Over £3.9 million in funding awarded to 20 charities providing advice and support to vulnerable energy consumers

The Ofgem Energy Industry Voluntary Redress Scheme (Energy Redress Scheme) today – Wednesday 19 January 2022 – announces it has awarded more than £3.9 million in grants to 20 charities across England, Scotland and Wales in its 13th round of funding.

With the ongoing energy crisis at the forefront of householders’ minds, grants were awarded for new initiatives that support vulnerable households with energy bills and projects that will help homes reduce their long-term household carbon emissions.

Managed and delivered by Energy Saving Trust, the Ofgem Energy Redress Scheme collects voluntary payments from companies that may have breached Ofgem administered rules. The priorities of the Scheme are to support energy consumers in vulnerable situations, develop innovative low carbon products or services and empower consumers to reduce their energy use and carbon emissions.



Cathryn Scott, Director of Enforcement and Emerging Issues at Ofgem, said “We know that this winter is already a difficult time for many, as high global gas prices continue to affect consumers. We are pleased that £3.9 million from our Energy Redress Scheme will be made available to these charities that will provide help to people in vulnerable situations. The Energy Redress Scheme, funded by Ofgem’s enforcement and compliance activity, makes a real difference to those who most need it.”

The latest group of successful charities will receive grants ranging from £42,000 to more than £700,000 to deliver projects lasting up to two years. The charities who have been awarded grants this round, include:

  • Foresight Limited will receive a grant from the small project funding stream. Their project, ‘Making best use of my energy’, sets out to provide qualified, expert energy advice and support currently unavailable to people living with health conditions or impairments and older people residing in East Lindsey, North and North East Lincolnshire to significantly improve their quality of life.
  • Age UK Nottingham and Nottinghamshire will receive a grant from the main fund for its  ‘Warm & Wise’ project. Aimed  specifically at supporting older energy consumers in vulnerable situations, the project will support around 7,000 households with in-depth, tailored energy advice and free energy-saving measures.
  • Hjaltland Housing Association will receive a grant from the innovation funding stream for their ‘Fabric First Retrofit To Timber Kit’ project. This new project will pilot a retrofit solution for difficult-to-treat timber frame properties. Hjaltland aims to upgrade all their stock and provide energy efficient, low carbon and warm homes for tenants with findings shared nationally for learning.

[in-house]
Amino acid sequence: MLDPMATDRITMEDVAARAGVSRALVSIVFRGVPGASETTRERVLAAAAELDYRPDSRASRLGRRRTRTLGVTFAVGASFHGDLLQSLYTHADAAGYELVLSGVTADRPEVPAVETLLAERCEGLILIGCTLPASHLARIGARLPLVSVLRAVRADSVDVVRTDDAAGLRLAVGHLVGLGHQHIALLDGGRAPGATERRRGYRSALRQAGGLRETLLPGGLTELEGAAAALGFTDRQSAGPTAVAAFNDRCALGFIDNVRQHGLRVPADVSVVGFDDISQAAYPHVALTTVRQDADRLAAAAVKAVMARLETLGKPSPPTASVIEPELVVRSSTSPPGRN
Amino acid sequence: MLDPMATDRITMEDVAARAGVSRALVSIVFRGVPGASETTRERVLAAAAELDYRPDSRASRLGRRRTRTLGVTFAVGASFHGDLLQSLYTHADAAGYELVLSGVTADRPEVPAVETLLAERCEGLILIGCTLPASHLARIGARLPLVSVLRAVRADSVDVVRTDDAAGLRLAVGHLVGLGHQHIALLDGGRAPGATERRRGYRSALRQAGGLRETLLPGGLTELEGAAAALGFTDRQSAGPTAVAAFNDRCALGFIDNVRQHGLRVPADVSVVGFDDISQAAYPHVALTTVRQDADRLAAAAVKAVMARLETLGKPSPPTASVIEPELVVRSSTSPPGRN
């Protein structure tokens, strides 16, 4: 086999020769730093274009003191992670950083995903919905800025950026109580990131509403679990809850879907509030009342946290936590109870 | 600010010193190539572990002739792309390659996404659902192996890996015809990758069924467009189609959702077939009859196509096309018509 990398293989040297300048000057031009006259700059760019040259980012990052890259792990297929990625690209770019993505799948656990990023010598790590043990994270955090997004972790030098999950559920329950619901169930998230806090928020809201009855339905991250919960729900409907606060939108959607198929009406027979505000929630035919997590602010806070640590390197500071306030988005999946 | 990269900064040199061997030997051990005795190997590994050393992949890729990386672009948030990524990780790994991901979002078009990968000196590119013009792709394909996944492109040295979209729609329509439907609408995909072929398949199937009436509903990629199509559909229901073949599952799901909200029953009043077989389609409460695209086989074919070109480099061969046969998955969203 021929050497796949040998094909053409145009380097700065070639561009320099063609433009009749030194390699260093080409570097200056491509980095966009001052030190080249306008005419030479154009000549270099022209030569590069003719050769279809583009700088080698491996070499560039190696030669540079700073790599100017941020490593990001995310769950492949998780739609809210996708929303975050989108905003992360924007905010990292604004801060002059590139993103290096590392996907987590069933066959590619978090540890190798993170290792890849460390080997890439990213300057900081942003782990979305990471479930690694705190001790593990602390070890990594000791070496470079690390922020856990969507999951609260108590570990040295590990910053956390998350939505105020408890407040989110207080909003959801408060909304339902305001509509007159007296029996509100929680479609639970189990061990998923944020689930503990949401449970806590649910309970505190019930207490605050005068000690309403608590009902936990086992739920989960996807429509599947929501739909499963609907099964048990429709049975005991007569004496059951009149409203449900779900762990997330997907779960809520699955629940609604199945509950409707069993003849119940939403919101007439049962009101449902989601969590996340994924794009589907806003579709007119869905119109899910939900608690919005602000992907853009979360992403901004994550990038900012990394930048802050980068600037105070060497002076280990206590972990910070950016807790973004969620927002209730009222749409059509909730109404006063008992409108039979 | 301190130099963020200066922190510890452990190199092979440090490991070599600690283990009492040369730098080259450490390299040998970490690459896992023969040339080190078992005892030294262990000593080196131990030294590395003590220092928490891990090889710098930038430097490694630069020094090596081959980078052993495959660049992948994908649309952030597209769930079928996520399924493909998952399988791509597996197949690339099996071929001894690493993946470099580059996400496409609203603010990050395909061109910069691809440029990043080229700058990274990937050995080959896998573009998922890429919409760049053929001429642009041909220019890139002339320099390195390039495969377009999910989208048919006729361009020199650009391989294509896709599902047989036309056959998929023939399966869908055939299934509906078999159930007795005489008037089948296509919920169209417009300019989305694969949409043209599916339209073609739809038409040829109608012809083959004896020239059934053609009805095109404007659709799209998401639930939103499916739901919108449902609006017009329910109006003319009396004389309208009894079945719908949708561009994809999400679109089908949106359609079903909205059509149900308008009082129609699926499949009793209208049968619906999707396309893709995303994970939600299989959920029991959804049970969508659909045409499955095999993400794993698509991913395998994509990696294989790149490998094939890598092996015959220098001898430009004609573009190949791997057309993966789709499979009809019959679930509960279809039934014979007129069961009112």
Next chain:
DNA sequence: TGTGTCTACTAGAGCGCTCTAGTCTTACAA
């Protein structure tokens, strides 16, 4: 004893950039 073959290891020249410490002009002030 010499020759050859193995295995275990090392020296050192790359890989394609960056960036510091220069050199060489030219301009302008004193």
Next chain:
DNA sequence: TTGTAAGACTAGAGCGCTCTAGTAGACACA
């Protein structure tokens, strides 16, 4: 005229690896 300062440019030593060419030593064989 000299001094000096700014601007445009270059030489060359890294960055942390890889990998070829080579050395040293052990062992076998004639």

• Nottingham Energy Partnership will receive a grant from the Carbon Emissions Reduction Fund for their ‘Conservation Retrofit Catalyst’ project, designed to tackle one of the most significant challenges of reducing carbon emissions from homes and overcoming the specific barriers to retrofitting in conversation areas. Taking place in Nottingham and designed as a replicable model, the pilot project will improve the uptake and quality of retrofit measures for homes constructed before 1919 – which account for  21% of the UK’s housing stock – through an archetype study, retrofit planning and specific retrofit training for tradespeople.

Di Trinder, Joint Chief Executive, Age UK Nottingham & Nottinghamshire said “We are delighted to receive a grant to provide an extremely valuable service at a time when energy is uppermost in people’s minds.  The project will ensure help gets to where it is needed most, and it will hugely improve the quality of life of those in need.”

More detail about the successfully funded projects can be found here.



Graham Ayling, Senior Project Manager for the Energy Redress Scheme said “The latest round of grant funding come at  a crucial time, with UK households facing exceptional rises in energy costs, alongside the ongoing climate emergency. National and regional charities have a key role on the frontline, particularly in supporting those most at risk from high energy prices and in ensuring that the transition to zero carbon energy happens quickly, sustainably and leaves no-one behind. These funds will support more charities to do just that.”

Charities that are registered with the Energy Redress Scheme and have passed the due diligence process can apply to the open rounds.



Project name

Grant funding

Age Concern Tyneside South

My House is Cold Too


Age UK Nottingham and Nottinghamshire

Warm & Wise


Ardenglen Housing Association Ltd

Castlemilk Pantry Energy Advice Project


Blairtummock Housing Association Ltd

Easterhouse Cosy Homes


Centre for Sustainable Energy

Energy Advice Capacity Project


Citizens Advice Edinburgh



Citizens Advice Hillingdon

Heat 4 Hillingdon


Citizens Advice SORT Group

Tenants Powered Up


Citizens Advice Sutton

Energy Max 


Foresight (North East Lincolnshire) Limited

Making best use of my Energy


Hjaltland Housing Association

Fabric First Retrofit to Timber Kit


Inter Madrassah Organisation (IMO Charity)

Be Warm, Save Money


Marches Energy Agency

Building Retrofit across the Marches


Nottingham Energy Partnership

Conservation Retrofit Catalyst


PEC Trust

Energy Team


Positive Action in Housing

Stay Warm Go Green



West End Warmers


South Seeds

Working with Southside vulnerable energy consumers


The Energy Advisory Service SCIO

Fair Energy Isles


Zero Carbon Harrogate

Retrofit Training and Engagement Programme





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